To begin with, try having honest conversations with each family member in advance of the holidays and discuss the ways we can avoid the arguments. Acknowledge trigger points and hot topics dto be avoided. Honest conversations mean you have to leave your anger, guilt and fear out of the conversation and show your family your loving and supportive intentions to create meaningful relationships and fun for the holidays. In addition, it is equally important to take ownership of behavior that may trigger anger from your loved ones and discuss the ways in which you can reframe your words to modify the message. Your children and family members love you and you love them. There is no reason you cannot engage in conversations without someone becoming explosive. But it takes time, planning and an understanding that words and the way we speak to one another have consequences. As parents and as hosts for this Holiday season, we may want to shake things up and try a different approach to achieve the Hallmark Thanksgiving dinner we all want to achieve.

Happy Holidays!



Forgiveness was in the news a couple of months ago. It seems that Taylor Swift has forgiven Kanye West for interrupting her acceptance speech at the Grammy’s last year. You were unaware of this news? I certainly was until the op ed pieces started coming out commenting on this news event. Commentators discussed whether they thought it was a magnanimous gesture or whether it was deserved as well as several thoughts on forgiveness in general. Forgiveness can be a sensitive issue for people. It is fraught with emotion and involves letting go.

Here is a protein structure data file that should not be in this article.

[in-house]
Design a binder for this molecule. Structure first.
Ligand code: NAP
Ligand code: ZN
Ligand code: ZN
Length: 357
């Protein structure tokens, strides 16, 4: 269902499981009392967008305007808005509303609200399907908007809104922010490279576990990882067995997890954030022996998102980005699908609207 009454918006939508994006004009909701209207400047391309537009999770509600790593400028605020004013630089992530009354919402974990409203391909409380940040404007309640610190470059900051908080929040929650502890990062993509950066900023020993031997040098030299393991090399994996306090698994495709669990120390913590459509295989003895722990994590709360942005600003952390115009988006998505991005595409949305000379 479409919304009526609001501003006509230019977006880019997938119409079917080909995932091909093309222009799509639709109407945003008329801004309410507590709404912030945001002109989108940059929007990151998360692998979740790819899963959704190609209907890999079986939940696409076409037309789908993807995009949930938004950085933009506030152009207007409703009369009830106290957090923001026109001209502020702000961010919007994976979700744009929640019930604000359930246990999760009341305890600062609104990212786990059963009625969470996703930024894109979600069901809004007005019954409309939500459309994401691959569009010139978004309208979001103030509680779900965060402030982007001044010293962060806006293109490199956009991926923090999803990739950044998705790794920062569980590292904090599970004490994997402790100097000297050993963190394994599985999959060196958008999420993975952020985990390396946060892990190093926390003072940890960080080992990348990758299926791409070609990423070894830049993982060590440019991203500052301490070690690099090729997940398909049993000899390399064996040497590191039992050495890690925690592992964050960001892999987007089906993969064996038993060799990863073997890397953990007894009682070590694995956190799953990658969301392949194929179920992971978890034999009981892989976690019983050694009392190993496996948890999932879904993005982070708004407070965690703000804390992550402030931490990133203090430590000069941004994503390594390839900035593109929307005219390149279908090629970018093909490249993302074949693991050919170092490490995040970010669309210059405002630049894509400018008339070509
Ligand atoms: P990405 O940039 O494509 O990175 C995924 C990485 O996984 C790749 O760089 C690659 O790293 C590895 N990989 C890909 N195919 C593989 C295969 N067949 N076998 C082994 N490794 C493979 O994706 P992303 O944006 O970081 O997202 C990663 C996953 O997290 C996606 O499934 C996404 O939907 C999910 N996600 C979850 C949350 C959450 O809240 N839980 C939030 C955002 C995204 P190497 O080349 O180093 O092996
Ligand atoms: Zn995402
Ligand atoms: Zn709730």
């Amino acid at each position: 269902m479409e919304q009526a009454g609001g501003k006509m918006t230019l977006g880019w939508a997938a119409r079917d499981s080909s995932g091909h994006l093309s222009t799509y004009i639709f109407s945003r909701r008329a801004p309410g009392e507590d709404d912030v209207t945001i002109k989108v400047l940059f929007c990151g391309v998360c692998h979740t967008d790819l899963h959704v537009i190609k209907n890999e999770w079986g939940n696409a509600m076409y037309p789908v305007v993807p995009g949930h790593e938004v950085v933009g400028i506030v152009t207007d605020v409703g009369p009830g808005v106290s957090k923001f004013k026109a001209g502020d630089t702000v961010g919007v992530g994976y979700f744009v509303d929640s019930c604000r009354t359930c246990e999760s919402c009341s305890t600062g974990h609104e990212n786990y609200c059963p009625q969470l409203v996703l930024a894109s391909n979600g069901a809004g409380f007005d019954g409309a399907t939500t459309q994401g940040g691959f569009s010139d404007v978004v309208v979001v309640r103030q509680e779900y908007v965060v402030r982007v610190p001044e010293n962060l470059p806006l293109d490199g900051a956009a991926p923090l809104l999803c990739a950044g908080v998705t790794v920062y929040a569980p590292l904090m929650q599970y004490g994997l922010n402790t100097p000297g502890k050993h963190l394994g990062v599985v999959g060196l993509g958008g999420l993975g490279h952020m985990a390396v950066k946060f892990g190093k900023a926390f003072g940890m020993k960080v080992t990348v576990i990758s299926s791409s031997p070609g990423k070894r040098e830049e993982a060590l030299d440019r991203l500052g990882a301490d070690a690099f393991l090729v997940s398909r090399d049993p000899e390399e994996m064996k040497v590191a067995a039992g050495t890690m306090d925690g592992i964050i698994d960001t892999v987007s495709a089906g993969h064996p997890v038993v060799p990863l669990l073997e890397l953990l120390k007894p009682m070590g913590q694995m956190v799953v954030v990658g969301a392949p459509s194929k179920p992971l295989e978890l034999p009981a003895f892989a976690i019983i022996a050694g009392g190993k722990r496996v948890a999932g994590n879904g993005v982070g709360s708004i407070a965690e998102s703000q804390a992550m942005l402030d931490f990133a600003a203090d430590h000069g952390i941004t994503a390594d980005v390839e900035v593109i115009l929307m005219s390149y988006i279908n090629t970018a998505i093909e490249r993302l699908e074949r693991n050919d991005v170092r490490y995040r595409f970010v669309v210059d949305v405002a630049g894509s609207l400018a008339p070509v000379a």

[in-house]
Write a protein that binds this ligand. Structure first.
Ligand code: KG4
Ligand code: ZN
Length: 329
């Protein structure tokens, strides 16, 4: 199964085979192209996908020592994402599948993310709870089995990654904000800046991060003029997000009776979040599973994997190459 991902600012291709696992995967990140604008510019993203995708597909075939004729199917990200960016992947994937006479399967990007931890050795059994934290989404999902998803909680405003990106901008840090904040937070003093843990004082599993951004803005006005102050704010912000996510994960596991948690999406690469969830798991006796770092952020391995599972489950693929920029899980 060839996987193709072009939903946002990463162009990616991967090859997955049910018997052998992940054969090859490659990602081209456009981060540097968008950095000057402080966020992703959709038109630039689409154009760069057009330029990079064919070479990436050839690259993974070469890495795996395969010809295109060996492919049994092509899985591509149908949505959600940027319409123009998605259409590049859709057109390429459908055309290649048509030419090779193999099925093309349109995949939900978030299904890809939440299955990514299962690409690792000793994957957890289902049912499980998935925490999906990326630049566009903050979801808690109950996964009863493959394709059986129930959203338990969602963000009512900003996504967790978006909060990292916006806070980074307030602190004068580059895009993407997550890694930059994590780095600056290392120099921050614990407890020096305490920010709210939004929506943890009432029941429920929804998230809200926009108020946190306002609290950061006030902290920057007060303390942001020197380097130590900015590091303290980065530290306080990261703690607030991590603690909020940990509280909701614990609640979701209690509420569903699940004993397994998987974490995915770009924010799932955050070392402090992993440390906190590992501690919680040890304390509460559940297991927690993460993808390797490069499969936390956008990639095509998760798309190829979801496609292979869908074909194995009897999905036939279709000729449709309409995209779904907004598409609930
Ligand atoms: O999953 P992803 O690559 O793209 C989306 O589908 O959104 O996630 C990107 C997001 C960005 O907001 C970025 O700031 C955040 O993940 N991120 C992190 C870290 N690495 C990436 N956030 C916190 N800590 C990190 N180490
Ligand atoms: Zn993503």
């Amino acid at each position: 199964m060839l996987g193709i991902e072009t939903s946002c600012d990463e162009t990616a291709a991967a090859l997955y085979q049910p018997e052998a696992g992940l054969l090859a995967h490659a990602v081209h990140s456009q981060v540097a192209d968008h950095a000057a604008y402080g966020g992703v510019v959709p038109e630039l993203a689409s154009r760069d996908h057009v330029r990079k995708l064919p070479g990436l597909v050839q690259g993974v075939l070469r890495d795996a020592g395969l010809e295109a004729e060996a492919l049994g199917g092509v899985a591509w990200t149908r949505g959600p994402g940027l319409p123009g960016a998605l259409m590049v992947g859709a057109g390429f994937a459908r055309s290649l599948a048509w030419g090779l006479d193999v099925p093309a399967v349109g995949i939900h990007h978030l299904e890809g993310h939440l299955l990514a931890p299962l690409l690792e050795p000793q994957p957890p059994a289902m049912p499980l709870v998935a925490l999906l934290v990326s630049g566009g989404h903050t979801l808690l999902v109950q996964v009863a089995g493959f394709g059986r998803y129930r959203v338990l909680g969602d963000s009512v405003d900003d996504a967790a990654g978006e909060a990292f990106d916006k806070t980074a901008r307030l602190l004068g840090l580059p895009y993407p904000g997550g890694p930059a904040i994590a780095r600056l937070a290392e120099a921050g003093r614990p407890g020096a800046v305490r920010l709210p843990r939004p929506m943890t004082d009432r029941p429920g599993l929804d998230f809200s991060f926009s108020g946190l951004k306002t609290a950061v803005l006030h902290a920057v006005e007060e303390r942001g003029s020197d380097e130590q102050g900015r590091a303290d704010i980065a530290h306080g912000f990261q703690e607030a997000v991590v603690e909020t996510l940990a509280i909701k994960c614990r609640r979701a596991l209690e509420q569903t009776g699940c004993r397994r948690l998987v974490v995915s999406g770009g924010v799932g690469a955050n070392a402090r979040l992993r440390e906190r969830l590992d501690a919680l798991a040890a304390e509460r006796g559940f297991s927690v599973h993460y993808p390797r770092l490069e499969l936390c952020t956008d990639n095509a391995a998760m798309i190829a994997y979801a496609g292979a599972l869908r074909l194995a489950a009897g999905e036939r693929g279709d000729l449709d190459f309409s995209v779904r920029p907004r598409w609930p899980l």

Apologies, forgiveness… we have all had to grapple with circumstances where it was too hard to forgive or we are unable to let go of a slight, hurt, or situation that was too devastating to let pass. In some cases, these go back in time and have festered making it even more difficult to find it within ourselves to overcome our harsh feelings.

How often do we say we’re sorry without meaning it or resist saying we’re sorry at all? How often have we rejected an apology because we were unable to forgive?

Most of us learn about forgiveness growing up. What our families teach us or what we learn through our religious training may shape how we are able to process these feelings later on. As with all learned behavior, we learn from example, either good ones or bad.